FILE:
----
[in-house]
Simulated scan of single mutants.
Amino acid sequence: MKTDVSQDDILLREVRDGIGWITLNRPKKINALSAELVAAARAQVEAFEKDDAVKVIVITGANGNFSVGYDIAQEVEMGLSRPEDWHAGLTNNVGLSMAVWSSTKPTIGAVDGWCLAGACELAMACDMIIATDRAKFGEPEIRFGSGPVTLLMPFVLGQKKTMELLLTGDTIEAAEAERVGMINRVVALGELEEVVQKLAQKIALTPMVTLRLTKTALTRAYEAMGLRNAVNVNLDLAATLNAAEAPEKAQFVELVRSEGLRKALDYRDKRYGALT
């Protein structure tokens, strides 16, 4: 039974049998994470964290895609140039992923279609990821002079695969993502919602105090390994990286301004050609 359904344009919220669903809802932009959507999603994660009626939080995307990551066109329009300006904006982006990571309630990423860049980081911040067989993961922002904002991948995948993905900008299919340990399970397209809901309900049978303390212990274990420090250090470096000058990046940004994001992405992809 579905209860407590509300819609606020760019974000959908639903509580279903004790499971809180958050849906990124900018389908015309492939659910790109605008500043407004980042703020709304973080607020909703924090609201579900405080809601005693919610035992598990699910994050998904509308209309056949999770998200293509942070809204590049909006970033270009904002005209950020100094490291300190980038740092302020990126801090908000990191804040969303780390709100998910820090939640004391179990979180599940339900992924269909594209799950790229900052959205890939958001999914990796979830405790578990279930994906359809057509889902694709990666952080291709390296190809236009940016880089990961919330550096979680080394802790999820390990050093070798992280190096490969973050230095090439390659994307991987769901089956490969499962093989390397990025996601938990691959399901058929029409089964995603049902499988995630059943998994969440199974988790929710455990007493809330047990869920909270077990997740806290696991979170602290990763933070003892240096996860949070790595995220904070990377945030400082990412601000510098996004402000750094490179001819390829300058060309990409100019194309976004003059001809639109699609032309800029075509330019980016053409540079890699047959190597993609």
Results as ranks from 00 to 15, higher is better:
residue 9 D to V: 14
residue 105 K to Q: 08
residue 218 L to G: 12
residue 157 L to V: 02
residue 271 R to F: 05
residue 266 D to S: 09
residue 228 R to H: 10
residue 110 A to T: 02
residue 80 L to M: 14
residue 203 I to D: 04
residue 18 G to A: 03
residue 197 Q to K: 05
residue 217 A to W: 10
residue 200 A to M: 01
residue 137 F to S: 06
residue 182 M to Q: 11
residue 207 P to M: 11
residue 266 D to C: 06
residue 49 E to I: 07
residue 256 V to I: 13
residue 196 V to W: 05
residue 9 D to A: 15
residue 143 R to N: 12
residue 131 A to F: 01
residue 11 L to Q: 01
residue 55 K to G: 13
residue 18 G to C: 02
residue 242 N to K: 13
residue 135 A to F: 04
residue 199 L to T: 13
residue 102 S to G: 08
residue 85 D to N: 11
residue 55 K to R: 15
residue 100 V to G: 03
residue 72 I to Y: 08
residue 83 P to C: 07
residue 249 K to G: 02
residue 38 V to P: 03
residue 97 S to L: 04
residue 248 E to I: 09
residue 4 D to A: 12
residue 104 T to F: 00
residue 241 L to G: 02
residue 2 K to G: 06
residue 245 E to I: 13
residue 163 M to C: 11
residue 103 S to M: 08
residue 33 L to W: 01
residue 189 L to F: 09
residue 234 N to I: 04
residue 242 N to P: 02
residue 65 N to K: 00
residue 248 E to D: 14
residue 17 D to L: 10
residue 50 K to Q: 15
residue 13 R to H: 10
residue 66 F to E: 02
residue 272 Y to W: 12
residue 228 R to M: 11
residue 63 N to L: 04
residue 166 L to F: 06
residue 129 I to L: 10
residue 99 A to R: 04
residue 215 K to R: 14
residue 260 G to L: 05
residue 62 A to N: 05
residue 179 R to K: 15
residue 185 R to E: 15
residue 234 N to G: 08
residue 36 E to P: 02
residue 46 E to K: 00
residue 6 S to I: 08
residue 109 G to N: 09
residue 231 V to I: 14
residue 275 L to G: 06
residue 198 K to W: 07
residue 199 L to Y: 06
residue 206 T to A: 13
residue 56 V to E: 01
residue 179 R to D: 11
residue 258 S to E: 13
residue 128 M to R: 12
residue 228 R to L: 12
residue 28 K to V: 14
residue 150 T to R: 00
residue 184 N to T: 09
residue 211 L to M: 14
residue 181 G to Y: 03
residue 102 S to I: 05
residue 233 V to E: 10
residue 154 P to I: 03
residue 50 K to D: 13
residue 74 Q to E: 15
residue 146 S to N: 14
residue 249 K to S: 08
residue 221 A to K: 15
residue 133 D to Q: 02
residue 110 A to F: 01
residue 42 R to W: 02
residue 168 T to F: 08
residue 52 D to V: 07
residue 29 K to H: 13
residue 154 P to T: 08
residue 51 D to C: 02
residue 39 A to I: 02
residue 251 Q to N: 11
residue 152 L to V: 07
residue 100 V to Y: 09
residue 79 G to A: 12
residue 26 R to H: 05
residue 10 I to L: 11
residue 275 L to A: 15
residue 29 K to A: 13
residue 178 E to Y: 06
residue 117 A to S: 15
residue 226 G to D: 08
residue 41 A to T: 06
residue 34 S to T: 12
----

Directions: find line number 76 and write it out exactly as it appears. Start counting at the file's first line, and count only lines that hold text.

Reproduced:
residue 46 E to K: 00